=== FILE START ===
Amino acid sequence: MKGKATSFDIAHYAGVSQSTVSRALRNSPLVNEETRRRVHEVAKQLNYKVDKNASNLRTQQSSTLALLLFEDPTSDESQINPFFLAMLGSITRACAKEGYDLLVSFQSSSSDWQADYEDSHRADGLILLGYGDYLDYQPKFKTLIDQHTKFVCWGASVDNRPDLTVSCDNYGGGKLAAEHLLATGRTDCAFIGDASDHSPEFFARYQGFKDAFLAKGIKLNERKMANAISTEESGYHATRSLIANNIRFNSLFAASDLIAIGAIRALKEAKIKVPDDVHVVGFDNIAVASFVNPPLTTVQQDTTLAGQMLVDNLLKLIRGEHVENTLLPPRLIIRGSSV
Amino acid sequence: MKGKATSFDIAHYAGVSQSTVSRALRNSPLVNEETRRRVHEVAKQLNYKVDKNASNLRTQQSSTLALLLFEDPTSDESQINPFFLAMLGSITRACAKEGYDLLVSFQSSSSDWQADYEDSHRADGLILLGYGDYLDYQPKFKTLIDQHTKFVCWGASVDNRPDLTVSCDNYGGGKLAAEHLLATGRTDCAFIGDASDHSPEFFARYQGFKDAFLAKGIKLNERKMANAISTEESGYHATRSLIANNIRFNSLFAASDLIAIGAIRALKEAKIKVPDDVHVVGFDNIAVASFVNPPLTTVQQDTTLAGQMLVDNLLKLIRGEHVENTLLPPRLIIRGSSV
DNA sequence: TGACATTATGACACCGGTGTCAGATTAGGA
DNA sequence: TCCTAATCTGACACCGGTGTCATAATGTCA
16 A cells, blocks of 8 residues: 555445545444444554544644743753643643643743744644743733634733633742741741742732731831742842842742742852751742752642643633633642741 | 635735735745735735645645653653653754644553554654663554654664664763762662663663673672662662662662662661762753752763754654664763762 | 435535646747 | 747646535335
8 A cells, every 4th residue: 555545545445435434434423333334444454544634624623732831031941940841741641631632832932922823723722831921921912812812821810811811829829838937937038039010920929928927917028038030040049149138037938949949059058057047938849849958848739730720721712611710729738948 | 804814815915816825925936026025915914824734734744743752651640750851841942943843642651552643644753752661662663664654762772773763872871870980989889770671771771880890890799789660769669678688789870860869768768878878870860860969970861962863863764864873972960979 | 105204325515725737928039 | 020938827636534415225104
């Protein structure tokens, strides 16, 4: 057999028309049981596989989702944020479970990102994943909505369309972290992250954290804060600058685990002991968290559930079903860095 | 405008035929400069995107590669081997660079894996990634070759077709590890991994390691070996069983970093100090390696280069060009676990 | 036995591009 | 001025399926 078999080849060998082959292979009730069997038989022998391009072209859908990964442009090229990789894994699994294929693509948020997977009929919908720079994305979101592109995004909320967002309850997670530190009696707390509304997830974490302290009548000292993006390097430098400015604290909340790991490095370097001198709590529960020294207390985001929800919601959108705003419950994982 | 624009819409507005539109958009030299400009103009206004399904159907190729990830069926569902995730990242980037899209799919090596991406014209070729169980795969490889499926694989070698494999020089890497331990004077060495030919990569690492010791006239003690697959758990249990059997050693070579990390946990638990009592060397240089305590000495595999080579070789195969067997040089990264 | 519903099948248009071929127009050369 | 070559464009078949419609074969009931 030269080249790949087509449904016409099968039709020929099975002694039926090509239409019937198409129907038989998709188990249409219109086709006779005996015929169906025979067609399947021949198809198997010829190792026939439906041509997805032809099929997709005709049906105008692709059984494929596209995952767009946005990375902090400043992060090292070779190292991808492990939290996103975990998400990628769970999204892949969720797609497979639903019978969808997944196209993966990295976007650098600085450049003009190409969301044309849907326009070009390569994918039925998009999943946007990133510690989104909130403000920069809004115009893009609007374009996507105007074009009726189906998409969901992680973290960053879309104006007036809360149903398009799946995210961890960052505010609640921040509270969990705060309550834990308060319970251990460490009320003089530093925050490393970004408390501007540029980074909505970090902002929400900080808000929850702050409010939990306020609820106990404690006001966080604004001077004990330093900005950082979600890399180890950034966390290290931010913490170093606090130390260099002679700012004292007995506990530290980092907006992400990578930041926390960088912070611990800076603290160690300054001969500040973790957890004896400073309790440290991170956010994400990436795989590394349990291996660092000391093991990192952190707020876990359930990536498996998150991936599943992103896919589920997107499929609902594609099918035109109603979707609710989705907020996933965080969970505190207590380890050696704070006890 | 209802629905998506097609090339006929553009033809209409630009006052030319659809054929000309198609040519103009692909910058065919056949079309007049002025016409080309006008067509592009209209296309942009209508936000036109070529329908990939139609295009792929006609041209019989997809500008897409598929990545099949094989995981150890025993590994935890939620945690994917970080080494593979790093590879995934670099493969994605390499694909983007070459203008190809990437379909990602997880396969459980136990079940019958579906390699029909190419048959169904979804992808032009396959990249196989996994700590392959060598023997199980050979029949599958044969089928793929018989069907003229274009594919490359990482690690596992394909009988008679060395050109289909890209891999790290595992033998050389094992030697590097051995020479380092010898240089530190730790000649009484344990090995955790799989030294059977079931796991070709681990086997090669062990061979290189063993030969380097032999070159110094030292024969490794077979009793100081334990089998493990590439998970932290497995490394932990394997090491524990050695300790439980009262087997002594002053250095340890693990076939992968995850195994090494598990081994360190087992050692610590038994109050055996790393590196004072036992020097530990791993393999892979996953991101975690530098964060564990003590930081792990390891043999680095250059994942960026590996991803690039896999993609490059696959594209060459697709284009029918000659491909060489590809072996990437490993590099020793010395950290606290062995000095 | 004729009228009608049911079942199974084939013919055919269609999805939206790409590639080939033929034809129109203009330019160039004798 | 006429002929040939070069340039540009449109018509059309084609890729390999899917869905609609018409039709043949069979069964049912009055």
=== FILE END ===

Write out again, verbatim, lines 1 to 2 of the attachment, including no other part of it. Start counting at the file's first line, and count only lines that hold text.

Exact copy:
Amino acid sequence: MKGKATSFDIAHYAGVSQSTVSRALRNSPLVNEETRRRVHEVAKQLNYKVDKNASNLRTQQSSTLALLLFEDPTSDESQINPFFLAMLGSITRACAKEGYDLLVSFQSSSSDWQADYEDSHRADGLILLGYGDYLDYQPKFKTLIDQHTKFVCWGASVDNRPDLTVSCDNYGGGKLAAEHLLATGRTDCAFIGDASDHSPEFFARYQGFKDAFLAKGIKLNERKMANAISTEESGYHATRSLIANNIRFNSLFAASDLIAIGAIRALKEAKIKVPDDVHVVGFDNIAVASFVNPPLTTVQQDTTLAGQMLVDNLLKLIRGEHVENTLLPPRLIIRGSSV
Amino acid sequence: MKGKATSFDIAHYAGVSQSTVSRALRNSPLVNEETRRRVHEVAKQLNYKVDKNASNLRTQQSSTLALLLFEDPTSDESQINPFFLAMLGSITRACAKEGYDLLVSFQSSSSDWQADYEDSHRADGLILLGYGDYLDYQPKFKTLIDQHTKFVCWGASVDNRPDLTVSCDNYGGGKLAAEHLLATGRTDCAFIGDASDHSPEFFARYQGFKDAFLAKGIKLNERKMANAISTEESGYHATRSLIANNIRFNSLFAASDLIAIGAIRALKEAKIKVPDDVHVVGFDNIAVASFVNPPLTTVQQDTTLAGQMLVDNLLKLIRGEHVENTLLPPRLIIRGSSV